Last Wednesday, TCU was host to an afternoon of conversations and exhibitions showing
the wonderful diversity of the Afro-Latin American community.
AddRan College, TCU Race and Reconciliation Initiative and the Department of Spanish & Hispanic Studies hosted “Symposium on Afro-Latin American History and Culture 2021: Mapping Afro-Latin America in a Global Context.” The afternoon saw discussions on subjects from covering music, race, history and more. The day ended with the documentary “They Are We,” which tells the story of an Afro-Cuban community preserving songs and dances from an enslaved ancestor.
Several AddRan Faculty members lead discussions. Speakers also included Frederick W. Gooding, Ph.D., Dr. Ronald E. Moore Professor in Humanities, from the
John V. Roach Honors College, and Lindsay Puente, Ph.D., from the College of Fine Arts. Gooding presented on Spanish-language hip-hop, while Puente demonstrated Capoeira,
a Brazilian dance and martial arts discipline.
One takeaway from the summit was the myriad of ways that African culture influenced
Latin America. AddRan Dean Sonja Watson, Ph.D., presented her research on Panamaian Reggaton, a
style of music influenced by reggae but sung in Spanish. “Blacks have influenced Latin American countries at every stage of development -
colonial period, independence, nation-building, and beyond,” said Watson.
Puente agreed, saying “We cannot talk about the development of the modern world and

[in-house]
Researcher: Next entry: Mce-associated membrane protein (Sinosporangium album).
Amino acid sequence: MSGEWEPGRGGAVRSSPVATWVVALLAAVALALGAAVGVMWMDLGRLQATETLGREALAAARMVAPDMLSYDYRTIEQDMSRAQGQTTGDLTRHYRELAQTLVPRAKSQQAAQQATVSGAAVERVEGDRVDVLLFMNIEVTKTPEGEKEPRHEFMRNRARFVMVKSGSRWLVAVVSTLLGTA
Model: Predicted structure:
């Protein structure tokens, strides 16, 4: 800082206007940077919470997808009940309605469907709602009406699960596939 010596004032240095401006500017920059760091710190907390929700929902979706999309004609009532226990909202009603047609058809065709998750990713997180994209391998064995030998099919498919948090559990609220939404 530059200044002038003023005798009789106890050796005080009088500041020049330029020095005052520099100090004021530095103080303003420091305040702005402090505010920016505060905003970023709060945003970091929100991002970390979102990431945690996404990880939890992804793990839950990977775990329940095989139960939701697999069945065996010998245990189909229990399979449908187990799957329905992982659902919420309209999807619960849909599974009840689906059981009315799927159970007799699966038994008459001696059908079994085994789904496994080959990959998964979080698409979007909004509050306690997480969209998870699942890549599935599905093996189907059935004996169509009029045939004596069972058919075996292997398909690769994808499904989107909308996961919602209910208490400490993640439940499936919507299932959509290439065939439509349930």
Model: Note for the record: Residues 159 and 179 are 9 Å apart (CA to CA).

the Hemispheric Americas without talking about the influence and impact of indigenous
peoples and African diasporic peoples.”
Another lesson from the Symposium was that it provided a way to talk about complex
issues of identity in the Afro-Latin American community. “The Symposium introduces Hispanic heritage into dialogue with Lusophone, Anglophone,
and Indigenous cultures as well as Afro-Latin Americans," said assistant professor
of Spanish and Hispanic Studies Tatiana Arguello, Ph.D. "This is a more diverse and multicultural way to commemorate Hispanic Heritage Month,”
Faculty members said future studies of Afro-Latin American culture look bright with the connections made at the symposium. “It was inspiring to see the breadth of research that is being done on the Afro-Latin world here at TCU, and across so many departments,” said Puente. “There were many points of contact among the different presenters, and we can do further collaborative research on contemporary music, art, dance, and literature that weaves together the Black communities of Latin America as well as their interactions with other cultures,” Arguello said.
Watson said that the Symposium was “the start of future conversations on the role that African Americans play in diasporic cultural, historical, and literary production.”